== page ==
How to make Halloween D&D spooky

Just two weeks until Halloween! Horror has been a part of D&D since its earliest days, and the most popular adventure of 5th edition (probably) is a horror adventure. Rather than just a general post about horror D&D (which I’ve done), this is specifically a guide to Halloween one-shots: a spooky, four-hour game that’s easy to run and doesn’t upset anyone. Let’s go.


Halloween this year is on a . . . Monday. Not ideal. Maybe this day works for your group, but for most people, Friday night or a weekend is probably going to work better.

If you normally play in the afternoon, I highly recommend playing later. 7 or 8 pm till midnight (or just before) can be really fun.

Give people plenty of notice for your Halloween session – now is probably a good time to book it in! You don’t want to run a special session only for half the group to not be there.

Safety tools

The darker your game (see below), the more important it is to check in with people. Even relatively tame horror can include blood, gore, entrapment, and creepy-crawlies, and that’s before you get into full-on body horror, dismemberment, demons and so on. As a bare minimum, I would suggest the following:

  • ‘Pause for a moment.’ A useful verbal ‘X-card’ that allows any player to stop the game for a minute and talk things through. Remind players that it’s an option at the start of the session.  
  • Consider the adventure you want to run. If there are any elements that might be upsetting, let people know.
  • Think about what film certificate your game would have. The game’s default is a PG, maybe a 12. If you  want to cover darker content, you should let your group know.  

For a fuller (and fantastic) overview of this subject, check out Consent in Gaming from Monte Cook Games. It’s free.

Types of horror

‘Horror’ covers a very wide territory. You’ve got everything from Gothic horror (Dracula) to horror comedy (Shaun of the Dead) to survival horror (The Walking Dead) to slashers (Friday the 13th). You’ve got possession, haunted houses, zombies, werewolves, ghosts. D&D does some of these very well and some . . . less well.

Personally, I would recommend something at the lighter end of the scale: creepy and atmospheric without being too unsettling or frightening. Most well-known Gothic stories fit this mould well, and you’re more likely to get universal buy-in from the group. There’s a reason why Ravenloft is such an enduringly popular adventure. More on this gem in a moment.


Do you need to introduce loads of new house rules for your Halloween session? Nah, not really. Most of it comes down to atmosphere. Consider the following:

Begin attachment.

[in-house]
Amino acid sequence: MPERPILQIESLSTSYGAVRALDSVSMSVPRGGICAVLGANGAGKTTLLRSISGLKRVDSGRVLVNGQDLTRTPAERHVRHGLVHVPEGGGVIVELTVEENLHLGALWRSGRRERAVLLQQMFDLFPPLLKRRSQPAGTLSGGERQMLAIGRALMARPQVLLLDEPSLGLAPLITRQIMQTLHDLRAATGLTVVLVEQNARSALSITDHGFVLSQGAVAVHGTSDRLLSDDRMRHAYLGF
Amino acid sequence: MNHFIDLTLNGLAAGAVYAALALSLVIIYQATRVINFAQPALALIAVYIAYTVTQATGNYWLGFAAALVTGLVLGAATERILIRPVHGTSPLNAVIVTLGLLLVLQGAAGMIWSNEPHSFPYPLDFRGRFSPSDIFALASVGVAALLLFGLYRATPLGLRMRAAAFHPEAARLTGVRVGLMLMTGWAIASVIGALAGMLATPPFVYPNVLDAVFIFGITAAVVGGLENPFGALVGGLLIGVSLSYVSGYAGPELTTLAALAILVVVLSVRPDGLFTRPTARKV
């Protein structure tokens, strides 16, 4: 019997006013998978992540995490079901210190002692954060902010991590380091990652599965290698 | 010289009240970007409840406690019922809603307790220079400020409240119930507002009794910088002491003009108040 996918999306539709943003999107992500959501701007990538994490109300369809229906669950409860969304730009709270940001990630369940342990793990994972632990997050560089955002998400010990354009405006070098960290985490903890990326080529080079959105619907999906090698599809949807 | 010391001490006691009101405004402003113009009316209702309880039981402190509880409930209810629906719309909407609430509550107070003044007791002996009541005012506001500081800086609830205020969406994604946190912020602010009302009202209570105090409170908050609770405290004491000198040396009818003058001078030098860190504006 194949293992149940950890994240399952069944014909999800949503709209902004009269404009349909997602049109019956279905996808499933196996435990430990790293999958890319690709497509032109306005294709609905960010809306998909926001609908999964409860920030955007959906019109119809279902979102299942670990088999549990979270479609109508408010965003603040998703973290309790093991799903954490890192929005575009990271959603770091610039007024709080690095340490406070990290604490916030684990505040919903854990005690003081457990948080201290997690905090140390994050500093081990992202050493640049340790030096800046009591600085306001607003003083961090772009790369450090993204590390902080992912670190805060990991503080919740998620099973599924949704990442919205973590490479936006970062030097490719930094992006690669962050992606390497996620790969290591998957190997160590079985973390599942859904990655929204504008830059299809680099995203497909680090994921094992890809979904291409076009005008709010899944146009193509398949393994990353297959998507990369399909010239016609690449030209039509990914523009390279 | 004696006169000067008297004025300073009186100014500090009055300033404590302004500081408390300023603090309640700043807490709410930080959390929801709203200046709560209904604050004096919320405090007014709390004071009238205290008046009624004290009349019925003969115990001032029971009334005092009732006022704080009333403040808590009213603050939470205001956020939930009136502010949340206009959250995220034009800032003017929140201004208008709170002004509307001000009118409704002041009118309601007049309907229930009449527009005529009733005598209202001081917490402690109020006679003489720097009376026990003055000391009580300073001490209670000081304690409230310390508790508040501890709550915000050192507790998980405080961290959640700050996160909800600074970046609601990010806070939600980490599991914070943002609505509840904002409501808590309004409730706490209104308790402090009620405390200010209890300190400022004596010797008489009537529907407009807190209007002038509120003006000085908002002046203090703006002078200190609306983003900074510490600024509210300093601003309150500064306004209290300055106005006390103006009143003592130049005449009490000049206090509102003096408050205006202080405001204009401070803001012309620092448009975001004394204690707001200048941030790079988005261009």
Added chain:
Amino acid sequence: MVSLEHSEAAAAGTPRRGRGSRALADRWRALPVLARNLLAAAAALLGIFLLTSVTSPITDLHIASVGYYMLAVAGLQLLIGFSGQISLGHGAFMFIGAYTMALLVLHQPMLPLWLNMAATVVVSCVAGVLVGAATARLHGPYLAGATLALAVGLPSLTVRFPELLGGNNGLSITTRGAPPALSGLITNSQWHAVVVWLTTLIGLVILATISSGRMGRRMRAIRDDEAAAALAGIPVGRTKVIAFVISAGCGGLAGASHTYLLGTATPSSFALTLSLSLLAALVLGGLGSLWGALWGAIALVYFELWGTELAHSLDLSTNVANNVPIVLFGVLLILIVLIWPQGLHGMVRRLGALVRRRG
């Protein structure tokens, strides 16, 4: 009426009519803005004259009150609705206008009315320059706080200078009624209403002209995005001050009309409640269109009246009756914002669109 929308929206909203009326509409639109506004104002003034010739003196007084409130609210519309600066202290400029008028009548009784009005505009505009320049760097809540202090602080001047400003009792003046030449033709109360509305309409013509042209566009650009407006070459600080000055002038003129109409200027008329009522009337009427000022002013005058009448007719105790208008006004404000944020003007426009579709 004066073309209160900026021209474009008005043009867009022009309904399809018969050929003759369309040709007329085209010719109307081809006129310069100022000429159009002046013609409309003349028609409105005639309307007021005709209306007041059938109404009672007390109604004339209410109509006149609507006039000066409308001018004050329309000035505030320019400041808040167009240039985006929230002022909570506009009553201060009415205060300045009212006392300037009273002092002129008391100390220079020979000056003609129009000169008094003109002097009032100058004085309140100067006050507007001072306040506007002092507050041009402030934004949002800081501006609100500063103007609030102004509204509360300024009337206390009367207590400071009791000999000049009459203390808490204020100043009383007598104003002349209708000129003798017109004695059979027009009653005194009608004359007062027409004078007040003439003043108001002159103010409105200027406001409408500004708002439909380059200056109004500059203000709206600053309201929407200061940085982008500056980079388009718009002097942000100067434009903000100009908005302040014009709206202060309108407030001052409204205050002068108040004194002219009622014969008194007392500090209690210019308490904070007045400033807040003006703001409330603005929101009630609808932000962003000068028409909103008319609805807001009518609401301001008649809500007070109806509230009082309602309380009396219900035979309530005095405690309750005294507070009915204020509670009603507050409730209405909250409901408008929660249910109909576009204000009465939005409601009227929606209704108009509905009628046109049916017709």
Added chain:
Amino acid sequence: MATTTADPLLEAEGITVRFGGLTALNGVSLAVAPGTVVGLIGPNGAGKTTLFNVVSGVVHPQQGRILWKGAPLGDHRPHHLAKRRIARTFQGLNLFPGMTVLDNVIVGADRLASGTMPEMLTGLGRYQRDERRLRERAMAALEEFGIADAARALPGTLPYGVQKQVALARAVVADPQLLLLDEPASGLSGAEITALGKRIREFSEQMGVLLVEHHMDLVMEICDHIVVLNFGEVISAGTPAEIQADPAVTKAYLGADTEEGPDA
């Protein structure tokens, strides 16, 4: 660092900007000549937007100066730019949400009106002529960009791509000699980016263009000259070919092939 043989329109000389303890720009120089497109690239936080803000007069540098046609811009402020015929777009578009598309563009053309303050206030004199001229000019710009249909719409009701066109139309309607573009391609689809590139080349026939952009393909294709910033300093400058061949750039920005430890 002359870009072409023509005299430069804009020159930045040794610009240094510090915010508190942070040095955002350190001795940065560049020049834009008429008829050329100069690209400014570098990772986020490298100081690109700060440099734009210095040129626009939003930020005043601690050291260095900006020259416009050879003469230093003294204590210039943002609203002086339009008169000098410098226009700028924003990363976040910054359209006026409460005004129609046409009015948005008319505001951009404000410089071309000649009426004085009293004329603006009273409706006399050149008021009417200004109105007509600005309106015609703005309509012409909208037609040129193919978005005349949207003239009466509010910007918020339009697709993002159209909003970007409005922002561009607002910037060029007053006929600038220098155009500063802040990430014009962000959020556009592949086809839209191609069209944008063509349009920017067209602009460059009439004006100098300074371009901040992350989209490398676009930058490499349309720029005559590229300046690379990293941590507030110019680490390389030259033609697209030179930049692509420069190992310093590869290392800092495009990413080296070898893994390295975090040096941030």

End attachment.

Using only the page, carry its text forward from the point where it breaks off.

• A spooky soundtrack!
  • Description: the ultimate special FX team.
  • Dimmed lighting (or even candles).
  • Snacks! Witches’ fingers are particularly horrible . . .
  • Choice of monsters (undead, hags, mind flayers . . .)

Most of this comes down to DM choices, but encourage the players to join in, too. A clear adventure pitch will help them build characters that fit the flavour.

If you’re playing online, some of this is harder to do. Still, you can certainly share a playlist with your players and ham it with your descriptions. Consider the art you share, too: it’s really good to have a ‘focal point’ in an online game like a map or a puzzle.  

Running four-hour games

Most in-person sessions run to three or four hours; online is often a little shorter. The game you play on Halloween is probably going to be a one-night special. So how do you get it all in?

Keep the situation small. One adventure site, one main villain, a strong opening, a simple story. Less is more. There’s nothing wrong with finishing a little early and having some time to chill out together.

A good tip (I don’t know where this came from, so apologies for not referencing it): think about what your half-way point is and try to get there by half-way through the session. If you’re falling behind, trim the adventure a bit.

Choice of adventures

Mike Shea has an article on running Ravenloft in one night. James Haeck has a similar write-up. I’ve done this a couple of times – it’s fun! – but I wouldn’t recommend it for new DMs. Even if you know the adventure well, it’s still a big castle with complicated maps. ‘Death House’ might work better.

The Tomb of Horrors could work (see Tales from the Yawning Portal), but as a killer dungeon, it can get pretty relentless. Ghosts of Saltmarsh has ‘The Sinister Secret of Saltmarsh’ and Van Richten’s Guide to Ravenloft has ‘The House of Lament’.

Wizards of the Coast put out a 1st-level adventure last year called ‘The Haunted Cornfield’. It looks fun, but I haven’t played it. Back in the day, I had a lot of fun playing ‘The House on Harrow Hill’, the second adventure in the AD&D First Quest box. Maybe I should adapt it.

What am I doing for Halloween? Why, that would ruin the surprise! I’m running a published adventure, but I’ve renamed it to hide key plot points. Let’s call it: ‘Cursed Tower of the Undying King’. Perhaps regular readers already know?

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